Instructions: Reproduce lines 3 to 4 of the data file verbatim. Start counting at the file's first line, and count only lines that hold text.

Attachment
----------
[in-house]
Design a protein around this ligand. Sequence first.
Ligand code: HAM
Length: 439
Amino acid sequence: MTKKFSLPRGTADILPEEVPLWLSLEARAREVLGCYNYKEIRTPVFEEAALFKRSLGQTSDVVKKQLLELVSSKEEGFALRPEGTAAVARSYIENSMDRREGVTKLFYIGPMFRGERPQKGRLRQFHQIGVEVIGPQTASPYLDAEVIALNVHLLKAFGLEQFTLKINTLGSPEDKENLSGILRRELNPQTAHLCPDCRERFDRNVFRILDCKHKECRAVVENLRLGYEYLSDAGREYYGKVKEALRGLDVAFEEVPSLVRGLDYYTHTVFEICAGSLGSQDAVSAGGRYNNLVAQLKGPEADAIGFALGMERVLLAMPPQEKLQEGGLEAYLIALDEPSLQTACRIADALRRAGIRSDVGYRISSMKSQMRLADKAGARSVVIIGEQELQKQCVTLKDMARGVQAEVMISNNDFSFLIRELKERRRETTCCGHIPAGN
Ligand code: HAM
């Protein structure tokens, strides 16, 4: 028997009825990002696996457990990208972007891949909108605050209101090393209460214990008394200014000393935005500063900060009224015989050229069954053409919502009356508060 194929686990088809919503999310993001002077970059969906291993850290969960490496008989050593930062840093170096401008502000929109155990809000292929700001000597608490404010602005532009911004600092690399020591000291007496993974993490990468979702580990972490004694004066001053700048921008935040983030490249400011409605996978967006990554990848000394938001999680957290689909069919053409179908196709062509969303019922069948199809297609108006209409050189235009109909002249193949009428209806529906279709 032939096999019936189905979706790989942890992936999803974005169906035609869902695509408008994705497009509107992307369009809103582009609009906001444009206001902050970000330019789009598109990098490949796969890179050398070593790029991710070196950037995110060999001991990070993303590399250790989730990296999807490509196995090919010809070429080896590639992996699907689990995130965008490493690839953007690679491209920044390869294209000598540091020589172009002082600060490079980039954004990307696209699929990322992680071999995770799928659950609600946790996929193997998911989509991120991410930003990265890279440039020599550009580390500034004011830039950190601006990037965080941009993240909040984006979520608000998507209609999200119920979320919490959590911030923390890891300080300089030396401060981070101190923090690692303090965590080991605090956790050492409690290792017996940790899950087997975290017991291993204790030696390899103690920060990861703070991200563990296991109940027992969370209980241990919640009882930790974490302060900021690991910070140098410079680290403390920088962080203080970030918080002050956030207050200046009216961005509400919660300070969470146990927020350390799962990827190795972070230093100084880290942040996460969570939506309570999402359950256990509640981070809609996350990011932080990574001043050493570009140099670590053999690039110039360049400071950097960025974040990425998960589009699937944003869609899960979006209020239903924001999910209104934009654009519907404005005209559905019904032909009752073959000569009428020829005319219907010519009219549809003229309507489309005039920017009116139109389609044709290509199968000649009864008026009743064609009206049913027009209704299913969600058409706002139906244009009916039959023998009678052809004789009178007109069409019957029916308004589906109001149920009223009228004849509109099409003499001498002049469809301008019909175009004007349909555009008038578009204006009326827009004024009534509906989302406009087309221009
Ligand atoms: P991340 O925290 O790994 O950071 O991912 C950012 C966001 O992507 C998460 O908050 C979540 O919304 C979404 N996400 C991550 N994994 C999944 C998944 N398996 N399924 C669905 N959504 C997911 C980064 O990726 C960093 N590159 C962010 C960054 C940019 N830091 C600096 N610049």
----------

Ligand code: HAM
Length: 439